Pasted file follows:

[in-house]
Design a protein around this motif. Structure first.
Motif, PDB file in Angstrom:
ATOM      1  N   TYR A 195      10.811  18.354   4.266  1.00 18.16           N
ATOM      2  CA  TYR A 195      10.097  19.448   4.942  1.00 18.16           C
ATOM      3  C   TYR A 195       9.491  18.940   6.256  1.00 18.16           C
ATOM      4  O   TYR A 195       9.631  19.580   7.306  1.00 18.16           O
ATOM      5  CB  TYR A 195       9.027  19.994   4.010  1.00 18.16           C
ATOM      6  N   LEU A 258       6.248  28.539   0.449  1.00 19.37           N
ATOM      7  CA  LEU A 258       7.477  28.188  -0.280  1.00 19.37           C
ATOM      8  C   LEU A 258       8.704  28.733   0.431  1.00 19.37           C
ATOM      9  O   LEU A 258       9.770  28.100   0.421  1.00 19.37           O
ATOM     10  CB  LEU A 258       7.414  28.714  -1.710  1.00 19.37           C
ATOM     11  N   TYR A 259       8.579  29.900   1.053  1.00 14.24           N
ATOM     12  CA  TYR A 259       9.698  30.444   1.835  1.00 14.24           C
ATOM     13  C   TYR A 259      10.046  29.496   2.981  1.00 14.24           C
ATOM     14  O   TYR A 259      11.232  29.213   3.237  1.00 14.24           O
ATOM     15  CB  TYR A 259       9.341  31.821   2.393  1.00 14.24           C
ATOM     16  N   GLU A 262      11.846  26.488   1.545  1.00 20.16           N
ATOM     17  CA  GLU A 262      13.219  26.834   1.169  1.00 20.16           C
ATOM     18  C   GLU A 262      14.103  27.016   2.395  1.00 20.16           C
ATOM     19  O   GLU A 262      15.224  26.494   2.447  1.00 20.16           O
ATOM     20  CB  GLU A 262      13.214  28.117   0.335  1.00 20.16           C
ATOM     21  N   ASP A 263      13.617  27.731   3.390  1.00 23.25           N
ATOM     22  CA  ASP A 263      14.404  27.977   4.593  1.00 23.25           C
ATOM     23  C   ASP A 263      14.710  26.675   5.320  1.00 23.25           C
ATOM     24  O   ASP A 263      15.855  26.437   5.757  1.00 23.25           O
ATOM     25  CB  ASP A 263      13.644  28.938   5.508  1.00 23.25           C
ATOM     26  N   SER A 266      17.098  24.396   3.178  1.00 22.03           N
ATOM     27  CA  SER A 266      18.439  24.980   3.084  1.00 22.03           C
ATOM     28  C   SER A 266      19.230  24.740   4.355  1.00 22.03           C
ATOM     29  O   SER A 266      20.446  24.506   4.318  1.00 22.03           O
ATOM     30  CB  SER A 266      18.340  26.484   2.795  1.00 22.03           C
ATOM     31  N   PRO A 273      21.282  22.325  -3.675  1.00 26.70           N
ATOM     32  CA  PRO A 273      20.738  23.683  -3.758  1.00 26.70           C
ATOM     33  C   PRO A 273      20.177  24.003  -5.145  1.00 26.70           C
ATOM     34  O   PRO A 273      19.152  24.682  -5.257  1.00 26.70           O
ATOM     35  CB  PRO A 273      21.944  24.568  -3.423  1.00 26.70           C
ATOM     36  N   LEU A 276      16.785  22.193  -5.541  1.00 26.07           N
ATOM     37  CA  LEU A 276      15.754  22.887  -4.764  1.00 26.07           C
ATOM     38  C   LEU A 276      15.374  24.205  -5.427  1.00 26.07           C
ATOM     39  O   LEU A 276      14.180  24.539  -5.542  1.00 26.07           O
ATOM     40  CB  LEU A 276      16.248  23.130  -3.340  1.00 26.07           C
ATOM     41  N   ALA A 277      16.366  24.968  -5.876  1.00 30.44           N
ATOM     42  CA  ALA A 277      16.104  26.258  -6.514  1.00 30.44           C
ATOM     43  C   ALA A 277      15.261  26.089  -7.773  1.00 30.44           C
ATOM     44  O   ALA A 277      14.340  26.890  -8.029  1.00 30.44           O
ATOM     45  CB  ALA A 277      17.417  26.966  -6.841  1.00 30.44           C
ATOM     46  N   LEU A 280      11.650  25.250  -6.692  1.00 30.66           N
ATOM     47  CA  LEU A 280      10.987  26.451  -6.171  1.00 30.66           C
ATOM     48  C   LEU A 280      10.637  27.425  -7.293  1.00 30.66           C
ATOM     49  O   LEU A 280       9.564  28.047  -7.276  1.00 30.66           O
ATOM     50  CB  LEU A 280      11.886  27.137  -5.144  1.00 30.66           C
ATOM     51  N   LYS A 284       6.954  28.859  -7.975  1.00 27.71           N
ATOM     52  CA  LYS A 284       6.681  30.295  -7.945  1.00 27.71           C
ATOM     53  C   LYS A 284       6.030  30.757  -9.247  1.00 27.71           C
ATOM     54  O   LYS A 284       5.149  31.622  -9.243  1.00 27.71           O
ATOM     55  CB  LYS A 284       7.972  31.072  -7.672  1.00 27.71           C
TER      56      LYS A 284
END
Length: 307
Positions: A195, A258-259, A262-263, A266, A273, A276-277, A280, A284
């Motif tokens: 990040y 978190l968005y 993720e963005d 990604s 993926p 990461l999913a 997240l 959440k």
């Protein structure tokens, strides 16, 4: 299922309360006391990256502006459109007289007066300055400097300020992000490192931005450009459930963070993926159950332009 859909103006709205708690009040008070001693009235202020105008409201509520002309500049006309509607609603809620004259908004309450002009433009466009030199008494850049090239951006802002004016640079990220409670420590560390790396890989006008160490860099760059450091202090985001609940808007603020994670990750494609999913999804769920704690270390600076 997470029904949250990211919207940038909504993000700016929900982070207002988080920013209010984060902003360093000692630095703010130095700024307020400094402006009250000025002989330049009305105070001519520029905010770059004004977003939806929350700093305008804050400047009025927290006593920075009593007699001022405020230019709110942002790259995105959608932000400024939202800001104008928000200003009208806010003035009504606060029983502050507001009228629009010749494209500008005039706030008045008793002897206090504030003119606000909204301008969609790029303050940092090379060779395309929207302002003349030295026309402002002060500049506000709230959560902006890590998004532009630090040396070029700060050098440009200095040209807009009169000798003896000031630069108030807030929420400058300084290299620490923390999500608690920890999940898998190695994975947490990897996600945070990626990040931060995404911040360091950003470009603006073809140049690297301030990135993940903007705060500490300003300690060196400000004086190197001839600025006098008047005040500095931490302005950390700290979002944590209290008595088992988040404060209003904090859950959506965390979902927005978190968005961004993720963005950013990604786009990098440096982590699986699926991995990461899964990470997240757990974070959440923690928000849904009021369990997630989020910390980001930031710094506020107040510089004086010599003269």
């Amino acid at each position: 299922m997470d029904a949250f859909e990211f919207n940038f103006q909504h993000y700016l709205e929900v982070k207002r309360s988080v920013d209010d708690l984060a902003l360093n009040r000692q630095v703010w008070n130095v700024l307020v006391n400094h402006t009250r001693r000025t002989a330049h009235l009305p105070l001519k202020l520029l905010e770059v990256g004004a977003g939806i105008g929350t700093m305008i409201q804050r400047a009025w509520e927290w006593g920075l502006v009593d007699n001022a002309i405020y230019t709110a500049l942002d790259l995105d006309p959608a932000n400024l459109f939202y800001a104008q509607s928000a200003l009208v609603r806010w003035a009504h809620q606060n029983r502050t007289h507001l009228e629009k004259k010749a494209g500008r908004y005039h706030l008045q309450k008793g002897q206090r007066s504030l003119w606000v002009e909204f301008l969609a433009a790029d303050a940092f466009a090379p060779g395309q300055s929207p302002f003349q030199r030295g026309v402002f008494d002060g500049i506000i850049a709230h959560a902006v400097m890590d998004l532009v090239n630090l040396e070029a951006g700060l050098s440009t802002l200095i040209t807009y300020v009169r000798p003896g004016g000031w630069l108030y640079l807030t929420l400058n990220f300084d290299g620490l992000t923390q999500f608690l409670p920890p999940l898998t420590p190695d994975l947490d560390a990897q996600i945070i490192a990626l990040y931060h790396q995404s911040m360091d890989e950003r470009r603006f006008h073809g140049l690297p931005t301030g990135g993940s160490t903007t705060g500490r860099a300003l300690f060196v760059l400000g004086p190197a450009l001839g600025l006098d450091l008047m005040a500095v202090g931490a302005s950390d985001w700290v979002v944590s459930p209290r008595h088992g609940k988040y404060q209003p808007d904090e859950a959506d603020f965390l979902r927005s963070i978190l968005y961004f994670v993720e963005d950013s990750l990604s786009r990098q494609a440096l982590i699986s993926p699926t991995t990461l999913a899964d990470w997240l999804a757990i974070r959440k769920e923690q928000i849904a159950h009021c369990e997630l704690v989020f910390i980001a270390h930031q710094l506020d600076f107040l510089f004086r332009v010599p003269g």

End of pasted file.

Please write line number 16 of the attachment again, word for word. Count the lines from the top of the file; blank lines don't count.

ATOM     13  C   TYR A 259      10.046  29.496   2.981  1.00 14.24           C